Gary Lineker has defended his right to speak out after he urged the Government to scrap its Rwanda plan, sparking a new BBC impartiality row.
The Match of the Day host was one of several celebrity signatories to an open letter demanding that leaders come up instead with a “fair new plan for refugees”.
Cabinet minister Grant Shapps on Monday noted previous controversy over Lineker’s political comments on social media, claiming he had been warned against a repetition by BBC bosses.
Right-wing Tory backbencher Jonathan Gullis claimed: “Yet another breach of the BBC’s impartiality rules by @GaryLineker.”
But the former England striker noted on Monday that after the previous row, new BBC guidelines were drawn up to allow high-profile presenters to express views on issues and policies as long as they stop short of political campaigning.
Retweeting the attack by Gullis, he wrote on X: “Jonathan hasn’t read the new guidelines….or, should I say, had someone read them to him?”
Responding to Lineker, Rishi Sunak's spokesman told reporters: “We are not going to be distracted by the views of individuals."
He added: “The PM is confident that this is an approach that works”, not just for the UK public “but to protect vulnerable people from criminal gangs”.
The letter co-signed by Lineker, coordinated by campaign coalition Together With Refugees, stated: "Our Government is still trying to banish people fleeing persecution to Rwanda despite the highest court in the land ruling the scheme unlawful.
"Tens of thousands of people are stuck in limbo waiting for their refugee protection to be processed, separated from their families and barred from working.
"These policies aren't working for refugees and they aren't working for local communities.
"That's why we have come together to say we've had enough. Enough of the division. Enough of the short-term thinking. Enough of the wasted human potential. And it's why we now call for something better."
Lineker, who has been outspoken on the issue of the Government's attitude to refugees, added: "We need a new system that reflects the will of the British people who have opened their homes, donated and volunteered in their local communities.
"That's why I'm backing this new campaign - because fair really can begin here."
Shapps said Lineker should stick to TV and questioned whether the Match of the Day host should continue expressing political views.
Asked if Lineker should express his views on the Rwanda policy while working for the BBC, the Defence Secretary told Times Radio: "No. And he's been through all of this before. The BBC have told him he shouldn't do this type of thing but still it continues.
"The point I would make to Mr Lineker is: what is right or moral about having people trafficked dangerously across the English Channel, losing their lives at sea, illegally entering the country? That is not a civilised, morally correct thing to do."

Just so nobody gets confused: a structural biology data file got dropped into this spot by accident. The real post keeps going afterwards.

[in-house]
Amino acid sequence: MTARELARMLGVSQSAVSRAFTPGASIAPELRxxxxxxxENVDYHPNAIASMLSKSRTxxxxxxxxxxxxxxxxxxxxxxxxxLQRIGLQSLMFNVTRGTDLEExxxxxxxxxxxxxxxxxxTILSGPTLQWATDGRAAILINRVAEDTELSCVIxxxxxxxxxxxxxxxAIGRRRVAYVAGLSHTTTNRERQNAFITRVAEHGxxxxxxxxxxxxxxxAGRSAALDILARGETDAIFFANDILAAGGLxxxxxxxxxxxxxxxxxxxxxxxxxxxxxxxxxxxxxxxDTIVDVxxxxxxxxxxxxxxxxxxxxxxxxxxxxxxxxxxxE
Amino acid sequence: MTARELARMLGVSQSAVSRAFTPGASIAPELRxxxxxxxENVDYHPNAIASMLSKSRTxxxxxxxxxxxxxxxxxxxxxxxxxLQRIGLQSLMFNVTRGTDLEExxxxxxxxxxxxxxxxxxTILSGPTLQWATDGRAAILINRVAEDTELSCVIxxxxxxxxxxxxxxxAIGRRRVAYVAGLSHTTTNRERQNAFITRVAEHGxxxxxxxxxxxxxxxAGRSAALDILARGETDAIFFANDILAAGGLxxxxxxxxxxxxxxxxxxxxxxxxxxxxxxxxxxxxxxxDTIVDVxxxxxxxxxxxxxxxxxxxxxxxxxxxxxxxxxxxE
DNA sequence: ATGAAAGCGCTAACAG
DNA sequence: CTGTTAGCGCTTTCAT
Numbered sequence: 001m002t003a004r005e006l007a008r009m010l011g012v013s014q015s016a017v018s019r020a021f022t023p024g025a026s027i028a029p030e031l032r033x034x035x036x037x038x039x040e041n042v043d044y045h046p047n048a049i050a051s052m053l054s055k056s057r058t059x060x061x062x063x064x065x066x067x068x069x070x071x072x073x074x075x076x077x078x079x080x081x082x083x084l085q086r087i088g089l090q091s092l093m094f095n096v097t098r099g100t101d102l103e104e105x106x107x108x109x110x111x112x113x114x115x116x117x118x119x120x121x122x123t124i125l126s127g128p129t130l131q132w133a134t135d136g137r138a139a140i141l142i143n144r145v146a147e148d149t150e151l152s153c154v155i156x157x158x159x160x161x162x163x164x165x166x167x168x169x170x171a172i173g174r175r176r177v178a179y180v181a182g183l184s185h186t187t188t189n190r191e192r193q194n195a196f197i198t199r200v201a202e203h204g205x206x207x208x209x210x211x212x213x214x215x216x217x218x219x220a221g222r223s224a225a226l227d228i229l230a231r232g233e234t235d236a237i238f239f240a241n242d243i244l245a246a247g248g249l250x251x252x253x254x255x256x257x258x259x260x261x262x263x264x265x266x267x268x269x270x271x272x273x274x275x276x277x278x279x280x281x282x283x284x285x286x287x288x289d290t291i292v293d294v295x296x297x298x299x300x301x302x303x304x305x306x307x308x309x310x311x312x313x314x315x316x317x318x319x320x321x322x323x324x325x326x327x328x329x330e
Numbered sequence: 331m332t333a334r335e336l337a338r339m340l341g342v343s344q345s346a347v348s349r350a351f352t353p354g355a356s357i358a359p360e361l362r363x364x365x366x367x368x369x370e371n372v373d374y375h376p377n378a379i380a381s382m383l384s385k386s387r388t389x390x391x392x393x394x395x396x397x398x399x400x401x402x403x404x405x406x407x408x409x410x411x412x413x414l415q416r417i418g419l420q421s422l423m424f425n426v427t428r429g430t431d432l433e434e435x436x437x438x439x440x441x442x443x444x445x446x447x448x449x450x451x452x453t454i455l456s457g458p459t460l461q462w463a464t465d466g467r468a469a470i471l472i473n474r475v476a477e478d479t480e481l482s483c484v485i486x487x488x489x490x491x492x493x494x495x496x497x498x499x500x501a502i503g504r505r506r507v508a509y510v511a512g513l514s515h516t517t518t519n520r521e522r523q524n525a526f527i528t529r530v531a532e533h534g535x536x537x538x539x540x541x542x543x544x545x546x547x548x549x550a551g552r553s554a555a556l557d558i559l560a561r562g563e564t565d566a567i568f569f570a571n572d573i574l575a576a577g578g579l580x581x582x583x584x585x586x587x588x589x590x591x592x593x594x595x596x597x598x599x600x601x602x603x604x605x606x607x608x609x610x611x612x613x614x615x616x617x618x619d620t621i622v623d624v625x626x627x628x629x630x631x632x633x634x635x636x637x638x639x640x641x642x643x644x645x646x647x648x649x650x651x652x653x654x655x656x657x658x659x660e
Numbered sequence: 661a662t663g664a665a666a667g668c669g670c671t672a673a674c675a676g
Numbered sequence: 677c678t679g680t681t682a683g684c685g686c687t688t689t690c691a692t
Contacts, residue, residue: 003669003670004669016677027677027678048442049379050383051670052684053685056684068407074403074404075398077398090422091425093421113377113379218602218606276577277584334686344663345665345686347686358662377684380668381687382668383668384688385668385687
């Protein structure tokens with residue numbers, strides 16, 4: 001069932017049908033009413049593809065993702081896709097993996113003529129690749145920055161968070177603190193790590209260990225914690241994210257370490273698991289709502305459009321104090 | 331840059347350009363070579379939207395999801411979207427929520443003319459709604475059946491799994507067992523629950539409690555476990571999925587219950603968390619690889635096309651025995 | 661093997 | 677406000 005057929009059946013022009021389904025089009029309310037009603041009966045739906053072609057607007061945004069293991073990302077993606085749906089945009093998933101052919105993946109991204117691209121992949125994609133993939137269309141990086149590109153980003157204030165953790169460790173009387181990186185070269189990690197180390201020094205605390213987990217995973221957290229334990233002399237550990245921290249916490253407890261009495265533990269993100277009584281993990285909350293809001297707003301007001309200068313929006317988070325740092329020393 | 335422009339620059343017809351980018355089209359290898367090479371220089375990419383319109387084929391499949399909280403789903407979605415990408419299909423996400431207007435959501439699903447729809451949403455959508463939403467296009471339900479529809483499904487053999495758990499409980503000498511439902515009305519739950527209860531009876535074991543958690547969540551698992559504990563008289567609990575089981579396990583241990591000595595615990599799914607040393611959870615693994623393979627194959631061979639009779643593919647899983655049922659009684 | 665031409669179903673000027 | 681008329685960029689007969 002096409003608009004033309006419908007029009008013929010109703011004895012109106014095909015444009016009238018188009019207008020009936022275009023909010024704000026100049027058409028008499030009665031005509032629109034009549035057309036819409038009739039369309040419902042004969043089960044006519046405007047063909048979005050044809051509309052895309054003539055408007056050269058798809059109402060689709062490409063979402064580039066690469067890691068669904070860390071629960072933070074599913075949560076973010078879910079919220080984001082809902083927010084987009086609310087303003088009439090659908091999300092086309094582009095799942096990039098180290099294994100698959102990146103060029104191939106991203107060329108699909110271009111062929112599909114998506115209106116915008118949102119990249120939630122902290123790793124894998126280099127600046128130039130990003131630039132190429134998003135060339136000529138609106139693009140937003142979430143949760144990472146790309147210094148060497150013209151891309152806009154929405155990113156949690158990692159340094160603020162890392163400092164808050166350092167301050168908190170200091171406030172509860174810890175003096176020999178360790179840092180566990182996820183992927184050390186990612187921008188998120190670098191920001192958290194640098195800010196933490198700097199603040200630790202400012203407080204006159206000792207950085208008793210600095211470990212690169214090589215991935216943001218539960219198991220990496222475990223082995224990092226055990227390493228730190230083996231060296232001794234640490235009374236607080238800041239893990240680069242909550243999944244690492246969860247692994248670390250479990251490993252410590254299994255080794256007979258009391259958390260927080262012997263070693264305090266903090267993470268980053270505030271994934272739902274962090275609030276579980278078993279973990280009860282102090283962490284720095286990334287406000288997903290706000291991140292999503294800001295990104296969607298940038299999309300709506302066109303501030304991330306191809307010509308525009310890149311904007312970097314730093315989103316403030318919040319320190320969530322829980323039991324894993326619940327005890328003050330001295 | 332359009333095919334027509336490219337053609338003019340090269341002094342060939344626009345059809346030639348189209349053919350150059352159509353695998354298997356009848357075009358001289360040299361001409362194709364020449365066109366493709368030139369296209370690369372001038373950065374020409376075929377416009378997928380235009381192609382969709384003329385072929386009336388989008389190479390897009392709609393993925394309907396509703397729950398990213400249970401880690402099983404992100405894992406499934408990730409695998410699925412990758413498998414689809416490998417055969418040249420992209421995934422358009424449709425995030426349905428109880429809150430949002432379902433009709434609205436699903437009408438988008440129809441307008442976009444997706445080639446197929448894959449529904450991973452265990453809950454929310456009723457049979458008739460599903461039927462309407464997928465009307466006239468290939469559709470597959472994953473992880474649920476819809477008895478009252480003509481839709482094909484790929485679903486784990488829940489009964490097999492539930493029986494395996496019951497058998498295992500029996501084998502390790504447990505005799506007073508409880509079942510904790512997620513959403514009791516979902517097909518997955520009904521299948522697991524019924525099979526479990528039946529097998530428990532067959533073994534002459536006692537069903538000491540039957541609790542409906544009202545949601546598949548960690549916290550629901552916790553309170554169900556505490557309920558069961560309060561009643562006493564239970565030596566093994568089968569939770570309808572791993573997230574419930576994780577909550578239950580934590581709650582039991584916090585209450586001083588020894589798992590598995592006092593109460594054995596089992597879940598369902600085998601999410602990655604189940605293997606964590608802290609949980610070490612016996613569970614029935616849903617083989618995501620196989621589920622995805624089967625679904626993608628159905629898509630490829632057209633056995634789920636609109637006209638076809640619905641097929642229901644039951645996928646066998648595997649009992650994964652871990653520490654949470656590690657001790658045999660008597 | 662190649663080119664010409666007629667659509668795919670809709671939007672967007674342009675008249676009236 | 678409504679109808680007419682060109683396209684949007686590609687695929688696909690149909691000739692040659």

He added: "I just fundamentally disagree with him. What happens to him next is up to the BBC.
"As far as I see it, they have issued previous warnings to him, so it'll be interesting to see what they do and say at this point.
"I know millions of people watch him for his football commentary and TV presenting, I would have thought it's better to stick with that."
Gullis told the MailOnline: "This is yet again another breach by Gary Lineker that goes against the BBC's impartiality rules.
“But, sadly, spineless (BBC director-general) Tim Davie will do nothing about it, having surrendered to him previously.
“Either the BBC enforces the rules its presenters are bound by, or they no longer receive funding from the British taxpayer.”
Tory party deputy chairman Lee Anderson said: “For once in his life, Gary's absolutely right – we do need a system that reflects the will of the British people.
“What the people want is to stop the boats and to tell overpaid crisp salesmen to put a sock in it.
“Alongside cracking down on illegal migration, we need another robust system which keeps Lineker as far away from the public as possible, to give us all a rest from his Left-wing, out-of-touch nonsense.”
Lineker caused controversy earlier this year after criticising the Government's Illegal Immigration Bill - by posting a tweet in which he likened the language used by the Government to promote its asylum plans to that used in 1930s Germany.
It sparked a high-profile impartiality row at the BBC, leading to Lineker's brief suspension and numerous colleagues threatening to boycott Match Of The Day in solidarity with the presenter.
The BBC subsequently updated its social media rules for presenters of its flagship shows.
A BBC spokesman said: “Like all freelance presenters, Gary is free to contribute to projects for third parties, as long as these do not conflict with his BBC commitments; do not breach guidelines on conflicts of interest; nor bring the BBC into disrepute, and he does so regularly.”